We human beings are self-focused. Simply put, we enjoy talking about ourselves too much.
Our neighbor recently visited some friends in beautiful Hilton Head Island, South Carolina. We know these folks as well. I asked him about their visit. His first comment: “Well, you know Martha. She asked me how I’m doing. I said fine. She says, ‘Great! Enough about you. Let’s talk about me.'” Martha almost ruined their time together by constant talk about herself. Sad.
I’m really sensitive about this when I hear this taking place in conversations with people. Some people can turn any conversation into an opportunity for self promotion. You mention a topic or give a story about an event and they take over with their own exceptional opinion or remarkable story. They inject themselves into the conversation and like Napoleon, vanquish humility with their mighty presence.
So, I was troubled when I did this very thing on three occasions last weekend.
First, a friend was telling me how he benefitted from reading the Psalms for a lengthy period of time. Instead of asking more about his experience, I had to tell him about how I read the Psalms daily. Thank you, spiritual wonder boy! Aren’t you the portrait of Davidic psalmody and the angel of enlightenment.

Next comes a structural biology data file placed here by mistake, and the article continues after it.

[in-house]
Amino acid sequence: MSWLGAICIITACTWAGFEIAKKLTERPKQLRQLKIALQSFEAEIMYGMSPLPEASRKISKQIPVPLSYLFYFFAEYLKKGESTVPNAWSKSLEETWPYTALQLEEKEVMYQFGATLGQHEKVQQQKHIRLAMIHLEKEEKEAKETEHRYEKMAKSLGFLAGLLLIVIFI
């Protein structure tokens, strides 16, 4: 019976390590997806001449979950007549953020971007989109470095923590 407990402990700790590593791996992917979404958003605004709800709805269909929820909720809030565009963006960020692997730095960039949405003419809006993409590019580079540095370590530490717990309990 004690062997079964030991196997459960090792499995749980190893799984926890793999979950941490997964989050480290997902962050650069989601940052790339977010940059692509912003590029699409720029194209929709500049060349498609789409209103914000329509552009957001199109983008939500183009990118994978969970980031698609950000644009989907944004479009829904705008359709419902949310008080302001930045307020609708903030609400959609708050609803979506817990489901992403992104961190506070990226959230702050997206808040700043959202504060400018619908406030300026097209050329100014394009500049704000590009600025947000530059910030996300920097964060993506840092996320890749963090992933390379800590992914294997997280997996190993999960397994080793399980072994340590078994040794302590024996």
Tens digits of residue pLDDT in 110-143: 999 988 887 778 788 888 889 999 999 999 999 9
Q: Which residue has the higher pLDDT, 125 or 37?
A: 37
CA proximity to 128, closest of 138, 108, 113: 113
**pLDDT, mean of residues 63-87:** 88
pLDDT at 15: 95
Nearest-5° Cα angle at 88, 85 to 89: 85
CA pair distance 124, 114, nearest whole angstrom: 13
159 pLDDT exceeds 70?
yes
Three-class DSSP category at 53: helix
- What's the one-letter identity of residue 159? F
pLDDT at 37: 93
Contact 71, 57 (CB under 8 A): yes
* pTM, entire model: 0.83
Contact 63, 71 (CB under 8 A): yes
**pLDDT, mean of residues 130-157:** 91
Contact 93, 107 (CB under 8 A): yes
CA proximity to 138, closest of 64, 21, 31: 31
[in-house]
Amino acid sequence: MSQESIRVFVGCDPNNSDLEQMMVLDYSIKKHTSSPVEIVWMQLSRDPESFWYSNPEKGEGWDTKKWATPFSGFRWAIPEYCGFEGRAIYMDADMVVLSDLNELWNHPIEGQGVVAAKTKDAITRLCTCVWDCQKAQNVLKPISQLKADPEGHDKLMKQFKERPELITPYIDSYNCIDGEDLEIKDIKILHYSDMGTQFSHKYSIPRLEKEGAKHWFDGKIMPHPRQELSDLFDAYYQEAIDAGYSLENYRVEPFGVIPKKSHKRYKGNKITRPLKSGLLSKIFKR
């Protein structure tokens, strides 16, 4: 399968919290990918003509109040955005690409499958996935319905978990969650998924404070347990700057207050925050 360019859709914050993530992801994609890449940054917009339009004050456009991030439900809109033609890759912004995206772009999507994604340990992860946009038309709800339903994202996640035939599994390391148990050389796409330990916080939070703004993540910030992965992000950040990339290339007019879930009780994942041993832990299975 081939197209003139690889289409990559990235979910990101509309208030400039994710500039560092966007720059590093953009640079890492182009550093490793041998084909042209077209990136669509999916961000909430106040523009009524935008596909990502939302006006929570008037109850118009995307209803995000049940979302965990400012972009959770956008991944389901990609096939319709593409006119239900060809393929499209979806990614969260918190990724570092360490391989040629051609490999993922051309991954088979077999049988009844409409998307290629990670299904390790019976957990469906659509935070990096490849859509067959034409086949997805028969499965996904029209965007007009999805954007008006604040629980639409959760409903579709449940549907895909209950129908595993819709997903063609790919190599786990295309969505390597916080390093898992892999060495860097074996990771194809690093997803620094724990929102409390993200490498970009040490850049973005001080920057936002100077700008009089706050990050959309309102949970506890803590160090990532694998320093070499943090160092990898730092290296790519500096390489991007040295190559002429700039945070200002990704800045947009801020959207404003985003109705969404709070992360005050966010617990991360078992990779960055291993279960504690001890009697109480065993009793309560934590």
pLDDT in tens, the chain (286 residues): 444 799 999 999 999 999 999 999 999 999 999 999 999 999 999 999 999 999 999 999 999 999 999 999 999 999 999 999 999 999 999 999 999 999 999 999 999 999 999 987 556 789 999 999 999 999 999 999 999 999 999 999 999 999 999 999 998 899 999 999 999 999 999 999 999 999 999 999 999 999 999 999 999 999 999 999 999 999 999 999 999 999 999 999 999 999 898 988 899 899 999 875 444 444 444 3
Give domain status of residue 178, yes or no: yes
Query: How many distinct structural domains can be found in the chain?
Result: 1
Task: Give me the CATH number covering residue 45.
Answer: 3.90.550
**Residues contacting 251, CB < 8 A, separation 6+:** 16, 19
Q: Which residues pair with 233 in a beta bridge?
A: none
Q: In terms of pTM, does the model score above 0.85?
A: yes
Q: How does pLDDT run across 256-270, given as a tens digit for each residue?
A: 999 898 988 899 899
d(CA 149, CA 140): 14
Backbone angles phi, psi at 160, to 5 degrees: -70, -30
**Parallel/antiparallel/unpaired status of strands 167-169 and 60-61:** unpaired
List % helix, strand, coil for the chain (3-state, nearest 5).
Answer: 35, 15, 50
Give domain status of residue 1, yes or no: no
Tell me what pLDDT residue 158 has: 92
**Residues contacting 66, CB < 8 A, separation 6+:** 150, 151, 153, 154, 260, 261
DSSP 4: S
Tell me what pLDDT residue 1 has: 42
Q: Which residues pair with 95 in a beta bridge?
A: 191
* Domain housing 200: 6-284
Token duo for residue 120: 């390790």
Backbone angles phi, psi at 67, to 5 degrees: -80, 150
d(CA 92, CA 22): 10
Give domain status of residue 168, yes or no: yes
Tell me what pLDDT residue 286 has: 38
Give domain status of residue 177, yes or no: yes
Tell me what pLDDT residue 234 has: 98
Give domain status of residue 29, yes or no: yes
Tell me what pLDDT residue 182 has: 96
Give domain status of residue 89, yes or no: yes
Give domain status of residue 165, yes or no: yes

Put a cork in it, alter boy. He doesn’t care about your tenacity to scale the summits of spiritual brilliance.
Next, another friend was explaining his difficulty getting to a church service on time due to a scheduling conflict. Again, I began telling the story of how this happened to me for the same service last year because Rhonda and I had attended a concert that made it almost impossible to focus on the upcoming significant church service I was about to be late to. Yet, walking in the strength of the Lord and according to the will of God, I pressed on through glorious minutes of agony and anxiety to conquer the demons of despair, dragging myself to the service with all the inner fortitude I could muster and getting there on time. Thanks be to God for me, His wonderful gift.
Thirdly, someone complimented me on something I had done – more accurately, the way I’d done it. Instead of receiving his words graciously, I had to prolong the compliment with my own self-deprecating comments which made him tell me more good things I hungered to hear. What made this one so challenging was that I kept playing his words over-and-over in my mind, insatiably feeding my ego until I was literally beaming with pride at my humility. Good grief!
Only talk about yourself when asked. Be humble enough to restrain the urge to insert yourself into a conversation uninvited.
Love people enough to listen to them more than talk to them. This is a good way to show love and honor to another, giving preference to one another (Romans 12.10).
Learn and remember to ask questions about them or their experiences. Remember the adage: seek to understand before being understood. Follow up their stories with questions not stuff about yourself.